Virgin Galactic sells 100 commercial spaceflight seats for $450,000 apiece

The aerospace company is on track to begin commercial service in Q4 2022

Richard Branson's Virgin Galactic has sold approximately 100 seats for its future commercial spaceflights at $450,000 apiece, bringing its total reservations to date to 700.

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The aerospace company is aiming to have 1,000 reservations prior to the launch of commercial service, which has been delayed to the fourth quarter of 2022.  

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Virgin says the updated price point has been "well-received" since reopening its ticket sales in August to its Spacefarer community, a group of early hand raisers who were given priority to schedule reservations after placing a $1,000 deposit in 2020. Each reservation includes a $150,000 deposit, $25,000 of which is nonrefundable. The company previously charged $250,000 per seat. 

"We believe these results from a relatively small group that had little pre-qualification showed the incredible strength and appeal of our flight and our membership community," Virgin Galactic CEO Michael Colglazier told analysts on the company's third quarter earnings call Monday. "They also indicate the significant value that people recognized in our product at current price points."

Colglazier noted sales to the initial Spacefarer group and other early hand raisers will close before the holidays.

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Virgin Galactic says more than 60,000 people have inquired about its flight information since its first fully-crewed Unity 22 mission in July, in which its VSS Unity space plane and VMS Eve mothership carried Branson and three other crew members to suborbital space and back. The selection process for its remaining open slots will begin in the first quarter of 2022.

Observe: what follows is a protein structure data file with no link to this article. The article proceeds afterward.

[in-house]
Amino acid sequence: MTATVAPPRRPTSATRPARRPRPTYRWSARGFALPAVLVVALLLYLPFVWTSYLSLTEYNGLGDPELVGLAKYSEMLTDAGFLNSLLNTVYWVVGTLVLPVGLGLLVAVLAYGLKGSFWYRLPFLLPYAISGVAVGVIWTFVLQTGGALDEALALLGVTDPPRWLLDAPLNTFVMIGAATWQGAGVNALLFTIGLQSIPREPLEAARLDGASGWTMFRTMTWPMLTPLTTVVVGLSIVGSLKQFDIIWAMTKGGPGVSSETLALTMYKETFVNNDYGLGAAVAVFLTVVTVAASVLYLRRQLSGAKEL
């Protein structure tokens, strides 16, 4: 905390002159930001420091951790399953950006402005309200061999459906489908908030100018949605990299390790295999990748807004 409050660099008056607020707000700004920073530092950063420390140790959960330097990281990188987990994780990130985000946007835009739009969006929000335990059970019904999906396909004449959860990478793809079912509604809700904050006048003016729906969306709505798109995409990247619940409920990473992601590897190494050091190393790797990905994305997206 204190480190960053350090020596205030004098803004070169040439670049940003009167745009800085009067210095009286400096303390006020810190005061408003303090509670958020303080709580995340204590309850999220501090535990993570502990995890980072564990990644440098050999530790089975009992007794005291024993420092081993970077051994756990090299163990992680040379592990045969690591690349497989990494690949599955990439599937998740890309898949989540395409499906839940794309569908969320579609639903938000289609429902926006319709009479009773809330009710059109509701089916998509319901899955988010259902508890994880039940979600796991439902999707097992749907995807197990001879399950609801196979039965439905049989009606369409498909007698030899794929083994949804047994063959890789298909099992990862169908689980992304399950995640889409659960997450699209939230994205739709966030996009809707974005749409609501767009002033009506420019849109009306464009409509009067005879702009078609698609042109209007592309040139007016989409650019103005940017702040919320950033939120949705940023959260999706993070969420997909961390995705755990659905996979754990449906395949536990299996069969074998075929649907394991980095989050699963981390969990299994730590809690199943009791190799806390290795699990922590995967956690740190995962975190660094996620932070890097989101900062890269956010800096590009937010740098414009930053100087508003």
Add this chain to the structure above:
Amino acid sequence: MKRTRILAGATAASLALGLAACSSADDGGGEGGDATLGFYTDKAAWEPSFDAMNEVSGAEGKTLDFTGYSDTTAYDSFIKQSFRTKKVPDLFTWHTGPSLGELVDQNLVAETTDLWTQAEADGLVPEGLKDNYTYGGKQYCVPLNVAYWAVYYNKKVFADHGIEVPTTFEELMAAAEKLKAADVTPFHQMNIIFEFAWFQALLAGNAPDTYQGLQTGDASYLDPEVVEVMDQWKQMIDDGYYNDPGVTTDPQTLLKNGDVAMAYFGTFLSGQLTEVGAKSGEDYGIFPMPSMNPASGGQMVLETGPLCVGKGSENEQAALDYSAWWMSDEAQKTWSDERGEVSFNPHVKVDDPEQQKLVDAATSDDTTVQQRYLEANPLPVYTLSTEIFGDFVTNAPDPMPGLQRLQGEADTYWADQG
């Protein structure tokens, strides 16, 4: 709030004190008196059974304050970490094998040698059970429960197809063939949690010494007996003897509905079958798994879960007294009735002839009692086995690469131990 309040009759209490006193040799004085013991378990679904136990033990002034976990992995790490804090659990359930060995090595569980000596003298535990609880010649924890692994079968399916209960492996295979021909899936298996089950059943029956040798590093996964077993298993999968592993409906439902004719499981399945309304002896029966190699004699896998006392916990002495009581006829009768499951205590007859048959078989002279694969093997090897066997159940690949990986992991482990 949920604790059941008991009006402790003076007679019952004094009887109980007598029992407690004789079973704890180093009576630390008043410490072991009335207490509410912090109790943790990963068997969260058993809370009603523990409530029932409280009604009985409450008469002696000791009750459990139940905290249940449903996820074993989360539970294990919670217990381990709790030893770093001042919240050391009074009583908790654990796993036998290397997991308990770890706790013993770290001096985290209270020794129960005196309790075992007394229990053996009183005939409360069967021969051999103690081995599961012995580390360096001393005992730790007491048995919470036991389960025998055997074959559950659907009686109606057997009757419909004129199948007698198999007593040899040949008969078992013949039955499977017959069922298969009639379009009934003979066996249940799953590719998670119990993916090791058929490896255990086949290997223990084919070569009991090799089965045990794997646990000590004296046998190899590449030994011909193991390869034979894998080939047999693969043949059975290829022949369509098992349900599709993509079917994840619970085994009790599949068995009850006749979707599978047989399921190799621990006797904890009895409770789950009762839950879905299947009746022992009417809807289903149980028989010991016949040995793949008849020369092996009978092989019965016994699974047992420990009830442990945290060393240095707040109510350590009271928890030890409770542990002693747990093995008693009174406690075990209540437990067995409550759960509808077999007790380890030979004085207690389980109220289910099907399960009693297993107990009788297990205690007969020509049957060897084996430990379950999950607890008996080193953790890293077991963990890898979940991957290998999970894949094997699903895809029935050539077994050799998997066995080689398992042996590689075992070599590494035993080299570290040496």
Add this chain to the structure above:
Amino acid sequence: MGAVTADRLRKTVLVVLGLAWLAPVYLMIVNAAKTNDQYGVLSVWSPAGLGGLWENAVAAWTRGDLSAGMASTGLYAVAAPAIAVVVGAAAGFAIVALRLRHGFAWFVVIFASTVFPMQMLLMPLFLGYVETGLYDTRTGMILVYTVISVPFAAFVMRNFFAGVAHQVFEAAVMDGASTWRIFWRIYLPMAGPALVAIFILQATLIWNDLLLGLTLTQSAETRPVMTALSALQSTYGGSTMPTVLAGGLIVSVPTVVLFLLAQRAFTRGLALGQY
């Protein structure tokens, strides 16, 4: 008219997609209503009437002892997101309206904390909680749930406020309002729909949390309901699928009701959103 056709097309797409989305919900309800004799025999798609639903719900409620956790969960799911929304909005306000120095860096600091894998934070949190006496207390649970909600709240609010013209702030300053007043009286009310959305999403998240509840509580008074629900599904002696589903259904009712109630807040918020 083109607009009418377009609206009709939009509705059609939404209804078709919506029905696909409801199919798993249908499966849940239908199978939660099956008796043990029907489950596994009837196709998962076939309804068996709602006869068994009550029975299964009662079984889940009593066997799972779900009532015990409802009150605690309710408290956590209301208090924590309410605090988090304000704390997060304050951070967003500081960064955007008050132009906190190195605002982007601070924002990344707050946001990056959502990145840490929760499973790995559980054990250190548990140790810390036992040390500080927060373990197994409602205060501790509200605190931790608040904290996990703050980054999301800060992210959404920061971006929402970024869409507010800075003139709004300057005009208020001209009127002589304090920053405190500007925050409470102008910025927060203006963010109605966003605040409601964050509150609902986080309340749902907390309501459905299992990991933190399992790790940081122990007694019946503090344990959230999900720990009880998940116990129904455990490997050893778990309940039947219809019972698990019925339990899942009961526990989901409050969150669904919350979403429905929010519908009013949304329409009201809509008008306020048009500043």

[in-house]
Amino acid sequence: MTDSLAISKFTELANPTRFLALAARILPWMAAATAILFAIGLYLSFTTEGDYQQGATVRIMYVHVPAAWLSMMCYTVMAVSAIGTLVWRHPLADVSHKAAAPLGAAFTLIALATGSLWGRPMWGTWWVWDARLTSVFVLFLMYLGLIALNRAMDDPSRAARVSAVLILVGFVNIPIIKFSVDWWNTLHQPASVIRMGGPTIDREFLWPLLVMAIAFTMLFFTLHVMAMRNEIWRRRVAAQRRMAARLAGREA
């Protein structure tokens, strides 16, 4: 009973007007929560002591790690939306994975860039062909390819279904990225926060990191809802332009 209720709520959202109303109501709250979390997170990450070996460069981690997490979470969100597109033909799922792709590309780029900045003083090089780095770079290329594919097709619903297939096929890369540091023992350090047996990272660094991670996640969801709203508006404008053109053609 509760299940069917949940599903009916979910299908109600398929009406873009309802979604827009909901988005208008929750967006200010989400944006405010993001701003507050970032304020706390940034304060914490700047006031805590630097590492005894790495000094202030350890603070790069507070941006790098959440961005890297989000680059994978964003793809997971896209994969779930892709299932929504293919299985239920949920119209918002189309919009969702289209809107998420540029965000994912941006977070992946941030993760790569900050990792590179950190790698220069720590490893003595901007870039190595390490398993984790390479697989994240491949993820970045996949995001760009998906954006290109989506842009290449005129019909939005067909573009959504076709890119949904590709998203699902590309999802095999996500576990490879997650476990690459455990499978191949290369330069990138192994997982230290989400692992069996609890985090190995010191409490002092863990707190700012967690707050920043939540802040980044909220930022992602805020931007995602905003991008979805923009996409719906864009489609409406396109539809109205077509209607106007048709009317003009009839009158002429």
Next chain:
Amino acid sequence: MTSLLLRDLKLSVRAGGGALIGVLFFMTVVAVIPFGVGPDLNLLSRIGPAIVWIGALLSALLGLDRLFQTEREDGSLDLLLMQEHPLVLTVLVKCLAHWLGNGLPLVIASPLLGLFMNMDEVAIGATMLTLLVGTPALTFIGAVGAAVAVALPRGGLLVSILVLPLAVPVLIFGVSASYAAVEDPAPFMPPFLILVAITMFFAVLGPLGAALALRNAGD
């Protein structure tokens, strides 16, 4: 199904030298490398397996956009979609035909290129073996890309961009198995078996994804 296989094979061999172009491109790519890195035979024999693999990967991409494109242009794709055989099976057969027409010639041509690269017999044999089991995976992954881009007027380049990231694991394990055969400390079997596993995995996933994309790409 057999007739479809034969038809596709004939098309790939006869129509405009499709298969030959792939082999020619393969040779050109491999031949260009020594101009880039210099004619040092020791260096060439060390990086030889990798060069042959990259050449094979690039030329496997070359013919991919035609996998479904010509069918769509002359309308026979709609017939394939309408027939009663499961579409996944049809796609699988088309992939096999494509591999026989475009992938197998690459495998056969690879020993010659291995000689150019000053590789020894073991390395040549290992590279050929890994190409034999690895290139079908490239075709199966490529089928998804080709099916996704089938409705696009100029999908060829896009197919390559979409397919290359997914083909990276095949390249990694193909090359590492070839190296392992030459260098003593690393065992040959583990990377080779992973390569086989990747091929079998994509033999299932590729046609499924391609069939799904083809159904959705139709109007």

The rocket plane carrying Virgin Galactic founder Richard Branson and other crew members takes off from Spaceport America near Truth or Consequences, New Mexico, Sunday, July 11, 2021. (AP Photo/Andres Leighton) (AP Newsroom)

"The overflowing demand from this group will be channeled into a new Spacefarer program, whose members will be given first access to the next tranche of space flights when they are made available," Colglazier said. 

The company will offer a variety of options for private astronaut flights, including a single-seat option, a multi-seat, couples, families and friends package and a full-flight buyout. Meanwhile, Virgin plans to charge $600,000 per seat on its future microgravity research and professional astronaut training flights. 

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VSS Unity and VMS Eve currently in an enhancement period. The modifications, subject to testing and verification, could reduce Unity's turnaround flight time to four to five weeks, down from the current rate of seven to eight weeks, and potentially allow Eve to fly 100 flights between major maintenance inspections, compared to the current interval of 10 flights.

Following the enhancement period, Virgin Galactic will conduct its Unity 23, Unity 24 and Unity 25 missions, the latter of which represents the start of commercial service with private astronauts. Unity is expected to fly on a monthly basis in 2023. 

In addition, a new space plane called VSS Imagine is expected to begin glide flight testing next year, with revenue flights kicking off in the first quarter of 2023. Imagine, which will be expected to complete two flights per month, or one about every two weeks, will start with research payloads and then proceed to join Unity with private astronaut flights in the second half of 2023.  

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Virgin Galactic is targeting up to 400 flights per year across all of its spaceports. In order to reach that goal, the company has entered into a lease agreement for a new engineering, design and collaboration center in the southern Los Angeles Basin, where its next generation motherships and Delta Class spaceships will be produced. 

"I think to reach that level, we're going to need, I think the words I have been using is high single digits, low double digits and that's obviously depending upon the churn of those ships," Colglazier said, referring to the space planes at each site. "We still expect the Delta Class to be two pilots plus six seats in the cabin. So, that's the number we need."

Over time, the Delta Class vehicles, which are designed to fly once per week, are expected to constitute the bulk of the company's flight capacity.